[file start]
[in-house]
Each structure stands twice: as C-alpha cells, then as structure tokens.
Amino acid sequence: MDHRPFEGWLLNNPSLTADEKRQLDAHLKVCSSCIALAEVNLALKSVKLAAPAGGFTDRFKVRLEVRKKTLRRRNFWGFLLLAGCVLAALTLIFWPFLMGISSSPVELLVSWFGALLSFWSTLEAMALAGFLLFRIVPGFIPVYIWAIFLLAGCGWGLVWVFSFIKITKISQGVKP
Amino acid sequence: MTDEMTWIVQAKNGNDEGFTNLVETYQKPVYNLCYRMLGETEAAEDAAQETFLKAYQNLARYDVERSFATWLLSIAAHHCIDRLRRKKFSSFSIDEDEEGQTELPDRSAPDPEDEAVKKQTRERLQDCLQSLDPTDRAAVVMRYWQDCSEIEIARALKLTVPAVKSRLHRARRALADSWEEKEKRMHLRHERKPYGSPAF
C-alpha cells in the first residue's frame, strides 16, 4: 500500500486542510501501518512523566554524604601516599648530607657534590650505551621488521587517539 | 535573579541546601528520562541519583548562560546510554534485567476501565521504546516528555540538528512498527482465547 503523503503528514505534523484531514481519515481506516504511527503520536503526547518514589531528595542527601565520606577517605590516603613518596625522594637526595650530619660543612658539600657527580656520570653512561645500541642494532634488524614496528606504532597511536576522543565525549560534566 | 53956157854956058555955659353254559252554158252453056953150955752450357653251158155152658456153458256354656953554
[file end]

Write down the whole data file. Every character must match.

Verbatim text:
[in-house]
Each structure stands twice: as C-alpha cells, then as structure tokens.
Amino acid sequence: MDHRPFEGWLLNNPSLTADEKRQLDAHLKVCSSCIALAEVNLALKSVKLAAPAGGFTDRFKVRLEVRKKTLRRRNFWGFLLLAGCVLAALTLIFWPFLMGISSSPVELLVSWFGALLSFWSTLEAMALAGFLLFRIVPGFIPVYIWAIFLLAGCGWGLVWVFSFIKITKISQGVKP
Amino acid sequence: MTDEMTWIVQAKNGNDEGFTNLVETYQKPVYNLCYRMLGETEAAEDAAQETFLKAYQNLARYDVERSFATWLLSIAAHHCIDRLRRKKFSSFSIDEDEEGQTELPDRSAPDPEDEAVKKQTRERLQDCLQSLDPTDRAAVVMRYWQDCSEIEIARALKLTVPAVKSRLHRARRALADSWEEKEKRMHLRHERKPYGSPAF
C-alpha cells in the first residue's frame, strides 16, 4: 500500500486542510501501518512523566554524604601516599648530607657534590650505551621488521587517539 | 535573579541546601528520562541519583548562560546510554534485567476501565521504546516528555540538528512498527482465547 503523503503528514505534523484531514481519515481506516504511527503520536503526547518514589531528595542527601565520606577517605590516603613518596625522594637526595650530619660543612658539600657527580656520570653512561645500541642494532634488524614496528606504532597511536576522543565525549560534566 | 53956157854956058555955659353254559252554158252453056953150955752450357653251158155152658456153458256354656953554